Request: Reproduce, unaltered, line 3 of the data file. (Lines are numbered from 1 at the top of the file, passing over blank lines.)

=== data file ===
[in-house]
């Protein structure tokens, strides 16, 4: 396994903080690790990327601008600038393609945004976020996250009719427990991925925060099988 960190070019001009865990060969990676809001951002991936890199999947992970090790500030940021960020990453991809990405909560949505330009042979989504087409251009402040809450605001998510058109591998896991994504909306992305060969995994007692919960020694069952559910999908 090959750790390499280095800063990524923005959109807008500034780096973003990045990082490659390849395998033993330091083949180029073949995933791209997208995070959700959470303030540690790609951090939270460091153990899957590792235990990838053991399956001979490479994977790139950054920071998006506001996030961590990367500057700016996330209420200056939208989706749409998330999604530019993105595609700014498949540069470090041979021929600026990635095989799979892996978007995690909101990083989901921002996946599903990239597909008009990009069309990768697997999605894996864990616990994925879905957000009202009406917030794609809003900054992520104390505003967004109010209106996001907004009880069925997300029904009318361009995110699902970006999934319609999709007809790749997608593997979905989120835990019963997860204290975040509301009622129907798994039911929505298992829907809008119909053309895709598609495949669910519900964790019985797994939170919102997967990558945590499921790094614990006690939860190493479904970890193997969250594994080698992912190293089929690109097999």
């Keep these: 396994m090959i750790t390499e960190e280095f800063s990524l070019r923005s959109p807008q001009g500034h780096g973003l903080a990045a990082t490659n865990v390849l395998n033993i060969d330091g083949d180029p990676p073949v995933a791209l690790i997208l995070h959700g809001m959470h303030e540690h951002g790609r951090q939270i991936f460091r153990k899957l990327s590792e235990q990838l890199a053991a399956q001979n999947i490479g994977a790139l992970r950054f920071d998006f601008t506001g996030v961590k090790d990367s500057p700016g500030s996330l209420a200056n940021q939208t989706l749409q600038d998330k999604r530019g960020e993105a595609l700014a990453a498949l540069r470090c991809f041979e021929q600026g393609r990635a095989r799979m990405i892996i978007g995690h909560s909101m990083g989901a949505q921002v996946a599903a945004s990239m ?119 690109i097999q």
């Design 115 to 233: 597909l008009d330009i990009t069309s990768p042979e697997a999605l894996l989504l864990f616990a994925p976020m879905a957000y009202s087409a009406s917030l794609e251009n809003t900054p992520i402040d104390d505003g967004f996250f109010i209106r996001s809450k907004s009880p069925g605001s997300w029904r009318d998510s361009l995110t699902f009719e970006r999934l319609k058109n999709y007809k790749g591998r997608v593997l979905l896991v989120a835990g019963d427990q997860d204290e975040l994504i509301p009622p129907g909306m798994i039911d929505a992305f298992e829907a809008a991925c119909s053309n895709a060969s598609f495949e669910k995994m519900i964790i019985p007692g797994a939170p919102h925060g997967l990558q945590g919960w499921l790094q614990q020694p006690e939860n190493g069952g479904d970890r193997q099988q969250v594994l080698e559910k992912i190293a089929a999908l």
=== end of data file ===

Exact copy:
């Keep these: 396994m090959i750790t390499e960190e280095f800063s990524l070019r923005s959109p807008q001009g500034h780096g973003l903080a990045a990082t490659n865990v390849l395998n033993i060969d330091g083949d180029p990676p073949v995933a791209l690790i997208l995070h959700g809001m959470h303030e540690h951002g790609r951090q939270i991936f460091r153990k899957l990327s590792e235990q990838l890199a053991a399956q001979n999947i490479g994977a790139l992970r950054f920071d998006f601008t506001g996030v961590k090790d990367s500057p700016g500030s996330l209420a200056n940021q939208t989706l749409q600038d998330k999604r530019g960020e993105a595609l700014a990453a498949l540069r470090c991809f041979e021929q600026g393609r990635a095989r799979m990405i892996i978007g995690h909560s909101m990083g989901a949505q921002v996946a599903a945004s990239m ?119 690109i097999q």